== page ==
people might not recognise me, I turned myself into an insect. But you
found me out. When we get fastened to holy or consecrated things we can
never get away from them unless a man takes us off. That, however, does
not happen without plague and annoyance to us; though, indeed, to say
the truth, the staying fastened there is not over pleasant. So I
struggled against you too, for we have a natural aversion to let
ourselves be taken in a man's hand."
"Ho, ho! is that the tune with you?" cried the farmer. "You have a
natural aversion have you? Believe me, my sooty friend, I have just the
same for you, and so you shall be away without a moment's delay, and we
will lose no time in making our bargain with each other. But you must
first make me some present."
"What you will you have only to ask," said the little one, "silver and
gold, and precious stones, and costly furniture--all shall be thine in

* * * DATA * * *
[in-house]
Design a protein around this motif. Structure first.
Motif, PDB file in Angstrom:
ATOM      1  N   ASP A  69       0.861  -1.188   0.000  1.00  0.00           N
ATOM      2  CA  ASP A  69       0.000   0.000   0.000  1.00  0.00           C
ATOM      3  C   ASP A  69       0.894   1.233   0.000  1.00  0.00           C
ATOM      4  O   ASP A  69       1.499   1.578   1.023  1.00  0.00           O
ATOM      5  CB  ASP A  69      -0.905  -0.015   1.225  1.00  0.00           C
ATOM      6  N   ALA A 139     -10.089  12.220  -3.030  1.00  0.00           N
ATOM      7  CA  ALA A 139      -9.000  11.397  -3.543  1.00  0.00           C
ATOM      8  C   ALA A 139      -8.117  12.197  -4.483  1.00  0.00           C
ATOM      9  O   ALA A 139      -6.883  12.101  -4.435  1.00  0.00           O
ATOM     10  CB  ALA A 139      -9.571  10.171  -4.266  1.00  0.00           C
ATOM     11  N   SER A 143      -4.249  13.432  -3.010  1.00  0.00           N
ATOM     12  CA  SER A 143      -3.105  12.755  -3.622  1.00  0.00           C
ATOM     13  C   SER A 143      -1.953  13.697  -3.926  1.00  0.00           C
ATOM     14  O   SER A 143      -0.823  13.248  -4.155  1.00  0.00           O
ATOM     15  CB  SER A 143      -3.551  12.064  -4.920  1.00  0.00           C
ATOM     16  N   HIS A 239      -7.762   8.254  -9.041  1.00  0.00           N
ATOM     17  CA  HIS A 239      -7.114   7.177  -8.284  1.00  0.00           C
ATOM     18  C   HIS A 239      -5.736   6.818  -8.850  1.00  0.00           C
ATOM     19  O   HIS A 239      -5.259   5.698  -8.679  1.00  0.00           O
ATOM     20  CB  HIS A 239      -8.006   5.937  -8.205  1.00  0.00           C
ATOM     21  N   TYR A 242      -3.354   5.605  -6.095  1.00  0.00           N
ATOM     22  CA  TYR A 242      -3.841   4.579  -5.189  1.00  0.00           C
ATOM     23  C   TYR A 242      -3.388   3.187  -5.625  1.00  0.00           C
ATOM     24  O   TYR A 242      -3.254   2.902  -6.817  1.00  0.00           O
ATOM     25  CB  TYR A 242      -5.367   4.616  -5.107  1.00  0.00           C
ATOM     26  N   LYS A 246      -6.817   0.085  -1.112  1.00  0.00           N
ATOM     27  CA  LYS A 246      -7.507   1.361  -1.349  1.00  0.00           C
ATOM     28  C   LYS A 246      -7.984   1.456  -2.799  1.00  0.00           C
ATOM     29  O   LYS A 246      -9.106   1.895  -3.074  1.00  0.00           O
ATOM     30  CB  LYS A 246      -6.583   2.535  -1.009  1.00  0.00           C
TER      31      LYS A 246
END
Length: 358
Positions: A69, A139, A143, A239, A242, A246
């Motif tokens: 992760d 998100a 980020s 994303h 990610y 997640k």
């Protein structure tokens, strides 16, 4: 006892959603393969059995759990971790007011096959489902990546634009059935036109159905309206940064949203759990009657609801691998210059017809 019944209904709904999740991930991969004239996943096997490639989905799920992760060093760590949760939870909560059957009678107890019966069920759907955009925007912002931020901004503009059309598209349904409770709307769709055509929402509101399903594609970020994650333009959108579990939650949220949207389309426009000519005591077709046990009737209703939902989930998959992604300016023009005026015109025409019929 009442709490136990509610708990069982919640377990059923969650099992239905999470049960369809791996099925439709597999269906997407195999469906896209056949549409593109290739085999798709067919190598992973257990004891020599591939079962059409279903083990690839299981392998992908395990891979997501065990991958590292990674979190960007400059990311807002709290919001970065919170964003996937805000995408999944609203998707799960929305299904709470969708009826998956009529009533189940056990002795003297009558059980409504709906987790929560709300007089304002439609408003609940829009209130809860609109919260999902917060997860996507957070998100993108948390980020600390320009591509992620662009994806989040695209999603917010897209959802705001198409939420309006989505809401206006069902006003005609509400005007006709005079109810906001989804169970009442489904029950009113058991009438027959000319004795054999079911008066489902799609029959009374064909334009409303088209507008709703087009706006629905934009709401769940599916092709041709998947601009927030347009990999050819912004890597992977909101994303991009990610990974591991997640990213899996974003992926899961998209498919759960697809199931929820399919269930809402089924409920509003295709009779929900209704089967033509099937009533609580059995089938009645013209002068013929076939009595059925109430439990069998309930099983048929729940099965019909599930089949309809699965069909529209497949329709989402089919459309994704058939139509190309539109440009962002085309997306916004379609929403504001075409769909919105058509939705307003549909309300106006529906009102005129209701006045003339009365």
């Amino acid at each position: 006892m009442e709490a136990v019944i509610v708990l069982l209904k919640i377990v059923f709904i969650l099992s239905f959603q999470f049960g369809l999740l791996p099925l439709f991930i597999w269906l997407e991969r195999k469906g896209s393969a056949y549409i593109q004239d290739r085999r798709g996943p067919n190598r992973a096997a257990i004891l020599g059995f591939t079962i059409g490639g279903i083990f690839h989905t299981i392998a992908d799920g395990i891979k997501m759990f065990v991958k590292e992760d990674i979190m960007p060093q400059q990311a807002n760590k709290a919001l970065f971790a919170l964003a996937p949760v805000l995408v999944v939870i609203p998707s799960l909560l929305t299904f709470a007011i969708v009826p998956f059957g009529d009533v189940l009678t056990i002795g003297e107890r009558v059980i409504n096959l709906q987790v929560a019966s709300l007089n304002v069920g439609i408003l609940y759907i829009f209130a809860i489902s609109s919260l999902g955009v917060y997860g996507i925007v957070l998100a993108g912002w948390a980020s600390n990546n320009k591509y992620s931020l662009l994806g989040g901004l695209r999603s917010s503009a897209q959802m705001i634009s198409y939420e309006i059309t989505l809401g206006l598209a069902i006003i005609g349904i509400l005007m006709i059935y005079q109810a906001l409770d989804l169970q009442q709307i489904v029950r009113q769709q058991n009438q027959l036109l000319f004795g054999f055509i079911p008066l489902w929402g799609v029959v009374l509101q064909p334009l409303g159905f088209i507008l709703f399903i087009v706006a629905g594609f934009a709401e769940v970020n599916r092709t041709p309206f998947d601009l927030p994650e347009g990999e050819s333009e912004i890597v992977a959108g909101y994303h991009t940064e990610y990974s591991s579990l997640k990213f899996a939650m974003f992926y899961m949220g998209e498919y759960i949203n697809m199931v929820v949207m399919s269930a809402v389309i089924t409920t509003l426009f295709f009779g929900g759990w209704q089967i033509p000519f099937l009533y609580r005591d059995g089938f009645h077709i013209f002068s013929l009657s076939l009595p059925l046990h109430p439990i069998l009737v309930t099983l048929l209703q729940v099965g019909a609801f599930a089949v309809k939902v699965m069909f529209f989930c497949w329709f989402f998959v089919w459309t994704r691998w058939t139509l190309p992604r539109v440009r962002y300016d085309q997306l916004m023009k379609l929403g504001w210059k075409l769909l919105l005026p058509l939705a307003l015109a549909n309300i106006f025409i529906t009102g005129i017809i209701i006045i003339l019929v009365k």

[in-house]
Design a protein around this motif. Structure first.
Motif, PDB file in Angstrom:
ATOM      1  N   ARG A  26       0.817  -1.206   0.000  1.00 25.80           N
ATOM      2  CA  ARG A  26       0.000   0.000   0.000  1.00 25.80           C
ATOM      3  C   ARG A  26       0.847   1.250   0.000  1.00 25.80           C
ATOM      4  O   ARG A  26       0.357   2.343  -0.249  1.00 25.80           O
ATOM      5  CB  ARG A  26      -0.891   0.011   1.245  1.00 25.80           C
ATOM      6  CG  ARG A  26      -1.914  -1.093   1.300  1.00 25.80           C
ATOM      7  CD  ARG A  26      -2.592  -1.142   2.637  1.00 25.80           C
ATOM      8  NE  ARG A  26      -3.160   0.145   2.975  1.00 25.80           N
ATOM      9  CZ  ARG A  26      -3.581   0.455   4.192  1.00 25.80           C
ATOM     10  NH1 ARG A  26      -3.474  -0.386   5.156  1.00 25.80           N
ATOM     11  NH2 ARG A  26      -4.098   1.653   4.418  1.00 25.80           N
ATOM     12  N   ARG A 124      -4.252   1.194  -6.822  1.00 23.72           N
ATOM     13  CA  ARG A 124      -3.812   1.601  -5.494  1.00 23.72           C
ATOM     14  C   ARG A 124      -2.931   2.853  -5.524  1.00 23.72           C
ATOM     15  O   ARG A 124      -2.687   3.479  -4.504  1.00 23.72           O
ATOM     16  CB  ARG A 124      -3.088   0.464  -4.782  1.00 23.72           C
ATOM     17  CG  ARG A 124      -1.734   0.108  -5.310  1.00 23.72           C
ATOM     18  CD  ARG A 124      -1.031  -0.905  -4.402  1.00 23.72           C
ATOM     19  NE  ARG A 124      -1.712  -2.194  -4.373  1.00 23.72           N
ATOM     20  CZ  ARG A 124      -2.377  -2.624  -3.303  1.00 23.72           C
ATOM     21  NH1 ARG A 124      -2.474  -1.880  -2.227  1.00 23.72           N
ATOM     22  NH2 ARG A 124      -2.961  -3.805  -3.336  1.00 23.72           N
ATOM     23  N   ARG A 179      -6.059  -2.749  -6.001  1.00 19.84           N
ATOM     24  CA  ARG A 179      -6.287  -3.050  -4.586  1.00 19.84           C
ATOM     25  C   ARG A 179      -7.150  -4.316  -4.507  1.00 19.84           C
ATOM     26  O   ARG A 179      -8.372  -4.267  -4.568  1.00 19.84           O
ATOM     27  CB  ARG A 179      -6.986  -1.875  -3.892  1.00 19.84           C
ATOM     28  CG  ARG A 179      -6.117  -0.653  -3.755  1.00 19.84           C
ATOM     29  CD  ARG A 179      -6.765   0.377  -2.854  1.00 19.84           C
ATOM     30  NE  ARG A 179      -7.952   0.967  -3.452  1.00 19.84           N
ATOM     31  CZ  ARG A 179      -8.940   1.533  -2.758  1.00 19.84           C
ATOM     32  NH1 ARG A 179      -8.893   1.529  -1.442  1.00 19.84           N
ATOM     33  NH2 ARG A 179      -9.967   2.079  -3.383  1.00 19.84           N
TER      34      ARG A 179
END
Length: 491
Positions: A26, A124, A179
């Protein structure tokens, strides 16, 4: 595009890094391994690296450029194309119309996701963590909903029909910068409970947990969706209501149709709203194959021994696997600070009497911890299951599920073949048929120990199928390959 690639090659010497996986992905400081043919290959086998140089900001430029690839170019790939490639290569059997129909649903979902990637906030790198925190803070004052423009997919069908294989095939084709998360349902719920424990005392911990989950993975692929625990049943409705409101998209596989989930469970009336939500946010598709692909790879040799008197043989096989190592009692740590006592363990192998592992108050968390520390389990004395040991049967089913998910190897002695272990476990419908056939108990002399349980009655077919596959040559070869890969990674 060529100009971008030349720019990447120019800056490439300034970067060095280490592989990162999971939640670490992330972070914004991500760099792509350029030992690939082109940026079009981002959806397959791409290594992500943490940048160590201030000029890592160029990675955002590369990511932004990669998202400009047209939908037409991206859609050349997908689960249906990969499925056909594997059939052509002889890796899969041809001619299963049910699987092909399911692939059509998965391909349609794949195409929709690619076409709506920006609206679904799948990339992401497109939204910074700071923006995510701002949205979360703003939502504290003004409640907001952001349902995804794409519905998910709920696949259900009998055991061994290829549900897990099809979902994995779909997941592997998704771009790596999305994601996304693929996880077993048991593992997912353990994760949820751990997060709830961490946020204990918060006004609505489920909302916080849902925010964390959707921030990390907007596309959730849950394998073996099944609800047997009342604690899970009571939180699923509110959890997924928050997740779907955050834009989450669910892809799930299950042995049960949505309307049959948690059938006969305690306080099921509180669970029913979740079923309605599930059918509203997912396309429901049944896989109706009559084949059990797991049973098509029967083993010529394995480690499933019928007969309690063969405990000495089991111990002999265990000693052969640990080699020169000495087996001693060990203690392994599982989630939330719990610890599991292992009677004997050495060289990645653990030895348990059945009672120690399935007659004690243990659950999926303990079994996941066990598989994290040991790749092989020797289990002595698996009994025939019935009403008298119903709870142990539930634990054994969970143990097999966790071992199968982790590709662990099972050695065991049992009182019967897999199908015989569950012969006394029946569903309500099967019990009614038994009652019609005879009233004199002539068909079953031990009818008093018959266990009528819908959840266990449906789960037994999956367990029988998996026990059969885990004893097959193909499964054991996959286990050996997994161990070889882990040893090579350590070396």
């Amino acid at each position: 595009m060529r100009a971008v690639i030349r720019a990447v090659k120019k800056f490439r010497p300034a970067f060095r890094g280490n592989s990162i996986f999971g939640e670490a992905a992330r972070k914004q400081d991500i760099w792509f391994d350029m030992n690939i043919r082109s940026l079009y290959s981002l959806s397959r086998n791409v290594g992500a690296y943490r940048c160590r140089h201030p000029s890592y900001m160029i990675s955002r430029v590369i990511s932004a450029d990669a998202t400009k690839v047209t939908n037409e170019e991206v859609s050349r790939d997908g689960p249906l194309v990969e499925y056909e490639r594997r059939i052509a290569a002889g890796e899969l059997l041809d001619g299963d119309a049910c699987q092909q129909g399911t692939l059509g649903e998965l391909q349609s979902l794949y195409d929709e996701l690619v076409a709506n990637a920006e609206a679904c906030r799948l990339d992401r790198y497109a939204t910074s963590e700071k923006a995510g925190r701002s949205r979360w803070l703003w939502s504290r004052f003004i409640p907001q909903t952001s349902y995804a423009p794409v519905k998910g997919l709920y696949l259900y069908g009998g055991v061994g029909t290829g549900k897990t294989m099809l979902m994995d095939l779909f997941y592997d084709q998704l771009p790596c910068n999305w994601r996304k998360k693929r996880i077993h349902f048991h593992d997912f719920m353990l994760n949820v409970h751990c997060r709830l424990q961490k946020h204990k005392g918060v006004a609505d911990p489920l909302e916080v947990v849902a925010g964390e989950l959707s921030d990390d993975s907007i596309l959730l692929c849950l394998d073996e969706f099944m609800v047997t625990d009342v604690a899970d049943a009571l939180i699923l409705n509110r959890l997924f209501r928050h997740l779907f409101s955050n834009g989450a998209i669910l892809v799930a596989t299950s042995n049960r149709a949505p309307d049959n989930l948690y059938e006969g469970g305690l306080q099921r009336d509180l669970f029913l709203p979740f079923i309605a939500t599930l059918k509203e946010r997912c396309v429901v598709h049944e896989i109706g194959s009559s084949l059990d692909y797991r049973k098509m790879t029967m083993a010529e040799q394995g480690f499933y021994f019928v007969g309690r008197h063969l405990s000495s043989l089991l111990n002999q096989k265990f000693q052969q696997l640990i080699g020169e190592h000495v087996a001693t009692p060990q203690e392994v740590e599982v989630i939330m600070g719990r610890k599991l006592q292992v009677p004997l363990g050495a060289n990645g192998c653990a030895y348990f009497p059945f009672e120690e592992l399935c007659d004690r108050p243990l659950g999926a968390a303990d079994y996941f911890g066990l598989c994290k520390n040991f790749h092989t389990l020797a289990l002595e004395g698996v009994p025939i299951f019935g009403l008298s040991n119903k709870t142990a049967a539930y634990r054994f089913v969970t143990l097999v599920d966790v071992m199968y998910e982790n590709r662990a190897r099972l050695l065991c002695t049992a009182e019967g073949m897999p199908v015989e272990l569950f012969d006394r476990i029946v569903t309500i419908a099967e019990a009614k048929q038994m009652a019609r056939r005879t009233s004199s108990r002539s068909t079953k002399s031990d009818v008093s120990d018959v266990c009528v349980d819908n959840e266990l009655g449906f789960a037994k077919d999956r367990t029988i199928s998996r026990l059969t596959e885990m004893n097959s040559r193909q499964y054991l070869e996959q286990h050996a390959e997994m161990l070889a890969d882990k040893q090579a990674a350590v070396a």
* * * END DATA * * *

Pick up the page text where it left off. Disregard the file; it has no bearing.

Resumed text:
less than an instant."
"Silver and gold, and precious stones, and all such glittering fine
things, will I none," said the farmer. "They have turned the heart and
broken the neck of many a one before now, and few are they whose lives
they make happy. I know that you are handy smiths, and have many a
strange thing with you that other smiths know nothing about. So, come
now, swear to me that you will make me an iron plough, such that the
smallest foal may be able to draw it without being tired, and then run
off with you as fast as your legs will carry you." So the black swore,
and then the farmer cried out--
"Now, in the name of God. There you are at liberty," and the little one
vanished like lightning.
Next morning, before the sun was up, there stood in the farmer's yard a
new iron plough, and he yoked his dog, Water, to it; and though it was
of the size of an ordinary plough, Water drew it with ease through the
heaviest clayland, and it tore up prodigious furrows. The farmer used
this plough for many years, and the smallest foal or the leanest little
horse could draw it through the ground, to the amazement of every one
who beheld it, without turning a single hair.
This plough made a rich man of the farmer, for it cost him no
horse-flesh, and he led a cheerful and contented life by means of it.
Hereby we may see that moderation holds out the longest, and that it is
not good to covet too much.